It’s been 11 years since then-Seoul mayor Oh Se-hoon announced his hope to see his city become one of the world’s top five fashion capitals. That was a fairly obvious way of saying that he wanted to see it surpass Japan, since most metrics and estimates at the time put Tokyo Fashion Week in at around #6 or #7.

Of course, Oh could not know that his October 2008 wish would come to fruition, nor that the Dongdaemun Design Plaza (DDP)– a huge, Zaha Hadid-designed complex set in the heart of Seoul’s Dongdaemun fashion/market district that is perhaps Oh’s leading mayoral legacy – would make it happen.

But clearly, it has. Seoul Fashion Week, which ended Sunday, was proof.  But rather than the official collections, it was the street trends that showed how – just like K-pop – K-fashion is all about embracing multiple cultural influences and refashioning them in bold new ways.

Zaha Hadid’s principle of “Parametricism” allows the physical spaces of DDP to change according to the needs of the people using them, The ramp outside/above the main structure is now the event’s largest street fashion runway. Photo: Michael Hurt

Enter DDP

Back when what locals now call the “big spaceship” was just a twinkle in the mayor’s eye, the DDP project looked like an architectural spectacle stunt designed to grab Seoul some global attention.

And to some extent, it was. The Hadid-esque structure did not look to be a good fit with the gritty market area surrounding it. But Seoulites’ criticisms, while valid, ignored the crux of what Hadid had been highlighting from the beginning: The design principle of “Parametricism 2.0,” which proposed “multi-modal” spaces for the newly flexible and digital world of today. Hadid was designing a space that could organically change in purpose and utility according to the social requirements of the people inhabiting it.

For fashionistas, the giant chunk of hardware would prove the perfect fit for Korea’s twice-yearly fashion industry event, Seoul Fashion Week.

Hybrid is hot

What was impossible to miss during Seoul Fashion Week, which wound up on Sunday, is that what is sizzling right now is not necessarily high-end catwalk collections. It goes without saying that news packages are prepared each and every season for powerful style outlets from Hypebeast to High Snobiety and from W Magazine to WWD – US Vogue has even planted Korean runway models on its cover.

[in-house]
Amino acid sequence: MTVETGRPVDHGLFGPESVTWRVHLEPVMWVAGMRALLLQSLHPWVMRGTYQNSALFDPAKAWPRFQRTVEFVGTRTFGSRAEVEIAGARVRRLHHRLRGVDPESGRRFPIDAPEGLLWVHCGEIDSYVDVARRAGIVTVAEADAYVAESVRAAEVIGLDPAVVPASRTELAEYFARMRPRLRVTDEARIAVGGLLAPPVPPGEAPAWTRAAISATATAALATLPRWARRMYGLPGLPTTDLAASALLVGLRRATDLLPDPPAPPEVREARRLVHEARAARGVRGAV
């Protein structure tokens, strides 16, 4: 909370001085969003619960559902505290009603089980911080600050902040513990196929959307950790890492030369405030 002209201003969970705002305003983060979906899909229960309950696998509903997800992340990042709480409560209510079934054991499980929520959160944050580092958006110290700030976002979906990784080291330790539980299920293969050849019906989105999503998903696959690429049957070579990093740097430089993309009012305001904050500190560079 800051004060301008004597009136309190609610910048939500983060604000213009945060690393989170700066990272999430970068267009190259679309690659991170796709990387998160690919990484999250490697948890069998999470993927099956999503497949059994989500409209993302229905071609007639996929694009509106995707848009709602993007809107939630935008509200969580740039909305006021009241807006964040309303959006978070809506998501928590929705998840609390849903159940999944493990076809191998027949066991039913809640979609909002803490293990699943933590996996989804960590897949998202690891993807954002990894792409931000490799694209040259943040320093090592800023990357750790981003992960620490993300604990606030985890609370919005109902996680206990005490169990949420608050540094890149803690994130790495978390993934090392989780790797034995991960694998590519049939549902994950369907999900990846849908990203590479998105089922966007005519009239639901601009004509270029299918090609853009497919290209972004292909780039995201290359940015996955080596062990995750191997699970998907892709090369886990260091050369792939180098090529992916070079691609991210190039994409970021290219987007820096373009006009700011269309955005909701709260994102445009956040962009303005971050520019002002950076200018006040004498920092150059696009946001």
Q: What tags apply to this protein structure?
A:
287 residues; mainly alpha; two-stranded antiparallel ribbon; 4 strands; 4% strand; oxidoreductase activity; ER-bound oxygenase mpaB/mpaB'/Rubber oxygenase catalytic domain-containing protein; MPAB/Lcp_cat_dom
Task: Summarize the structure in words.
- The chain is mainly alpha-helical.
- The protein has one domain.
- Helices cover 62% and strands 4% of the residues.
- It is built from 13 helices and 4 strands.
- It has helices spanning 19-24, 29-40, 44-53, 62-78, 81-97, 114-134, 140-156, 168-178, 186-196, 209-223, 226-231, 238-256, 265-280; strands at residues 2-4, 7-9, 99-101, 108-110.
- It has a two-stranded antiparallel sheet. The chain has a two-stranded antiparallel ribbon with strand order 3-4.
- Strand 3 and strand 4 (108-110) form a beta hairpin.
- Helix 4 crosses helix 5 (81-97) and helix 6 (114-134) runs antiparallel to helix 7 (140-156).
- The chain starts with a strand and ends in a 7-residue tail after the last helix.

But it is Korean street fashion that grabs the lion’s share of international attention. So hot is this scene that coverage of street fashion is now de rigeur in top international fashion outlets across the world, and it is now common (and expected) to see journalists from every developed nation on earth hitting the streets around DDP during Seoul Fashion Week.

Korean street fashion is the incorporation of any and everything interesting and/or trending from Instagram, YouTube and Facebook into fashions and looks. It is a “whatever, and whatever works” attitude that pays scant attention to debates about authenticity or what it means to wear certain things.

Korea’s cool kids don’t handwring about whether things synch in a traditionally logical way, or whether certain items or looks belong to them, their tribe, or whether other specific group is supposed to or allowed to wear certain things.

Ember Kim (Instagram @_emberkim_) – a tattoo artist who embodies Korean youth’s comfort with the fluidity of gender and other identity categories – self-expresses with a post-Pop Art t-shirt, lip piercings and fashion shades. Photo: Michael Hurt

Fashion re-fashioned

The cool kids in Seoul mix and mimic, borrow and bite, and yes, even appropriate from wherever and whatever they have to in order to make looks work.

Modern Koreans’ experience with other countries’ cultures and practices are relatively new: The average Korean could not get a passport for overseas travel until the early 1990s. Moreover, Korea really only came online — in the sense of being connected to non-Korean information sources, notably global social media services – in the last decade or so.

But now that the country is exposed, it is exposed. South Korea is a culture steeped in a postcolonial willingness to accept all things foreign: Adidas hoodies (or the hoodie itself) are the same as high heels are the same as a Gucci bag or gangster rap. They’re all items from global consumer culture and Koreans may be the world’s most adept pupils in appropriating them into a dynamically diverse visual tapestry of style.

The aural version of this mode of appropriation is K-pop. The visual version, which you see at Seoul Fashion Week, and on the streets around town is the result of a globally-connected, digitally-enabled, social media-enervated inter-connectedness that no one does better than Koreans under 25.

And that fact that the ground zero of fashion is a foreign-designed spaceship-like edifice that has landed in what used to be a low-end Korean market district is – well. Just more hybridity, darling.

This young Seoulite doesn’t care if mother’s pearls don’t accessorize an orange Adidas hoodie; for her, they just do. Photo: Michael Hurt